Earth Planets Space, Vol. 64 (No. 2), pp. 73-82, 2012
J. S. Halekas1,2, A. Poppe1,2, G. T. Delory1,2, W. M. Farrell4,2, and M. Horányi2,3
1Space Sciences Laboratory, 7 Gauss Way, University of California, Berkeley, CA 94720, USA
2NASA's Lunar Science Institute, NASA Ames Research Center, Moffett Field, CA 94035, USA
3Laboratory for Atmospheric and Space Physics, and Department of Physics, University of Colorado, Boulder, CO 80309, USA
4NASA Goddard Space Flight Center, Greenbelt, MD 20771, USA
(Received January 18, 2011; Revised March 10, 2011; Accepted March 22, 2011; Online published March 8, 2012)
Electron distributions measured by Lunar Prospector above the dayside lunar surface in the solar wind often have an energy dependent loss cone, inconsistent with adiabatic magnetic reflection. Energy dependent reflection suggests the presence of downward parallel electric fields below the spacecraft, possibly indicating the presence of a standing electrostatic structure. Many electron distributions contain apparent low energy (<100 eV) upward-going conics (58% of the time) and beams (12% of the time), primarily in regions with non-zero crustal magnetic fields, implying the presence of parallel electric fields and/or wave-particle interactions below the spacecraft. Some, but not all, of the observed energy dependence comes from the energy gained during reflection from a moving obstacle; correctly characterizing electron reflection requires the use of the proper reference frame. Non-adiabatic reflection may also play a role, but cannot fully explain observations. In cases with upward-going beams, we observe partial isotropization of incoming solar wind electrons, possibly indicating streaming and/or whistler instabilities. The Moon may therefore influence solar wind plasma well upstream from its surface. Magnetic anomaly interactions and/or non-monotonic near surface potentials provide the most likely candidates to produce the observed precursor effects, which may help ensure quasi-neutrality upstream from the Moon.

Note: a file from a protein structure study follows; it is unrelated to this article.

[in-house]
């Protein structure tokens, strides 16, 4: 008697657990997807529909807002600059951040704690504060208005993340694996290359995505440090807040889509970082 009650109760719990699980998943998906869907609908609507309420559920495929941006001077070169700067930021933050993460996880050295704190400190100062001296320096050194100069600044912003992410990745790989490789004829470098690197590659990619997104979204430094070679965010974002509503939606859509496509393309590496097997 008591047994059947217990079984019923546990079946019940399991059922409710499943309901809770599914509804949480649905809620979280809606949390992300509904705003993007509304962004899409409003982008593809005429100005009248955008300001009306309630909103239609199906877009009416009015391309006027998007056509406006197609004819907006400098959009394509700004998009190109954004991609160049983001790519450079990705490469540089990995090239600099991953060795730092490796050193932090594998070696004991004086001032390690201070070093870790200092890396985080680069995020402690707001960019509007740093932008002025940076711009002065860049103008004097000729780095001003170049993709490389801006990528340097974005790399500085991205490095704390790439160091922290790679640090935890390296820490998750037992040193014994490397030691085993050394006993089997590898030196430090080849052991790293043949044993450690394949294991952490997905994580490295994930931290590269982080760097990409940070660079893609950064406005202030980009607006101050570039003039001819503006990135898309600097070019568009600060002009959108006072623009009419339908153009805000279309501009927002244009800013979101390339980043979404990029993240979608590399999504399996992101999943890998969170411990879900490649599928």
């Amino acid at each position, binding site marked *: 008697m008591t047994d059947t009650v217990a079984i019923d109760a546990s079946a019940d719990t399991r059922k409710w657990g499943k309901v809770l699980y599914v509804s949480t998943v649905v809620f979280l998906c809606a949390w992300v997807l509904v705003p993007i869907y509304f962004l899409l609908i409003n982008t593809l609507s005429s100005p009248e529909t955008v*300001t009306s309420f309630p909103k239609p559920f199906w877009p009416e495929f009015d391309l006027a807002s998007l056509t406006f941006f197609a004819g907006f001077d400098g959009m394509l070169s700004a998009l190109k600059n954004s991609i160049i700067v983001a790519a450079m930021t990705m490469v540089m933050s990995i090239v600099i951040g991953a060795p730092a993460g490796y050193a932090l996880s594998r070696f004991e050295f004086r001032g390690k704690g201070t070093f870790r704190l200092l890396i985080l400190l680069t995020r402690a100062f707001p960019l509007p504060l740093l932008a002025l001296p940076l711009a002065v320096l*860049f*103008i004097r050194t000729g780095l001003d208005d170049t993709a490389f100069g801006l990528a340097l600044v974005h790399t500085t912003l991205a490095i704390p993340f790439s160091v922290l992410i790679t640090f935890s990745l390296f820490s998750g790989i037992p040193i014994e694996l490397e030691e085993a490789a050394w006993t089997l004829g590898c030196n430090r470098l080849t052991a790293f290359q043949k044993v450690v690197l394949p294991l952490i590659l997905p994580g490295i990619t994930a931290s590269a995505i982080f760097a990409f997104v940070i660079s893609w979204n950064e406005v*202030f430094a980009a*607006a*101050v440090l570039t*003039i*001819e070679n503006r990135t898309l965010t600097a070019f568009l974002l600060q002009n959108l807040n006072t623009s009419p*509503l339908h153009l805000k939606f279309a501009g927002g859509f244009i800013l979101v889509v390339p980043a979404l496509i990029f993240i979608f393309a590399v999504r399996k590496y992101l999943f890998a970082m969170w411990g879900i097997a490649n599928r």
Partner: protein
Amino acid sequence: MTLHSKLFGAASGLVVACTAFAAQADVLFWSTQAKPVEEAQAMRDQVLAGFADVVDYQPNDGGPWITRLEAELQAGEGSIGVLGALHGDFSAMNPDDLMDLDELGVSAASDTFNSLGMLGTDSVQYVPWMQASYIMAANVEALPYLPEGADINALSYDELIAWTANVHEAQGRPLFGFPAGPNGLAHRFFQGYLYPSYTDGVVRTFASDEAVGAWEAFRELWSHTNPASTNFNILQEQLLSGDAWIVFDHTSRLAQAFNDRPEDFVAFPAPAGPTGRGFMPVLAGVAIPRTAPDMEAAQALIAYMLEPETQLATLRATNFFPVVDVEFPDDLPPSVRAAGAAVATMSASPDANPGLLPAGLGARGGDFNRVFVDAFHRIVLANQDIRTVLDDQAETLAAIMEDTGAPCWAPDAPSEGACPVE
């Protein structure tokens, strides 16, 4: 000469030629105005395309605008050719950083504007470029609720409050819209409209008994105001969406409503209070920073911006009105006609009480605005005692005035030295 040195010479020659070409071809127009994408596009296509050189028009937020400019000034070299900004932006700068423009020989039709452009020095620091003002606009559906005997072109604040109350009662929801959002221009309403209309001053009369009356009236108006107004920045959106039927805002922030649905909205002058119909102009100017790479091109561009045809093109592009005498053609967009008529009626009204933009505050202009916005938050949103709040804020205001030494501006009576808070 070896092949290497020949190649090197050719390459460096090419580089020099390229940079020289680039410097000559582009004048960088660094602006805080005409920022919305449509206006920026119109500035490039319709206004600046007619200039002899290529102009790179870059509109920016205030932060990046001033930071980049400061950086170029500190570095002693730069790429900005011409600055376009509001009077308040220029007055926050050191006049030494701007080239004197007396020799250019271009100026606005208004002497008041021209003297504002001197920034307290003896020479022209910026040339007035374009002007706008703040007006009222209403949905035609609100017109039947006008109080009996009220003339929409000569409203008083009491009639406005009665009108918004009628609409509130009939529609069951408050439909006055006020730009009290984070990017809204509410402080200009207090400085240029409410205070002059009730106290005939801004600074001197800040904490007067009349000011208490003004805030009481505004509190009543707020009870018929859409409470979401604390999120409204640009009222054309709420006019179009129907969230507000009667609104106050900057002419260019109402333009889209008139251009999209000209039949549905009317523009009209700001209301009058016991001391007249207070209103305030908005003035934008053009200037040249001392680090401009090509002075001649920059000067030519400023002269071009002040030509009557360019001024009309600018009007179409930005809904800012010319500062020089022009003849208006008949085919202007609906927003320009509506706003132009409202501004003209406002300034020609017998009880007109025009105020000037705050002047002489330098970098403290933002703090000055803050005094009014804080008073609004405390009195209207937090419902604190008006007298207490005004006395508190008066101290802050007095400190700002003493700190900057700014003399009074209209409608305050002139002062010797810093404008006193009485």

Key words: Moon, solar wind, precursor effects, wave-particle interactions.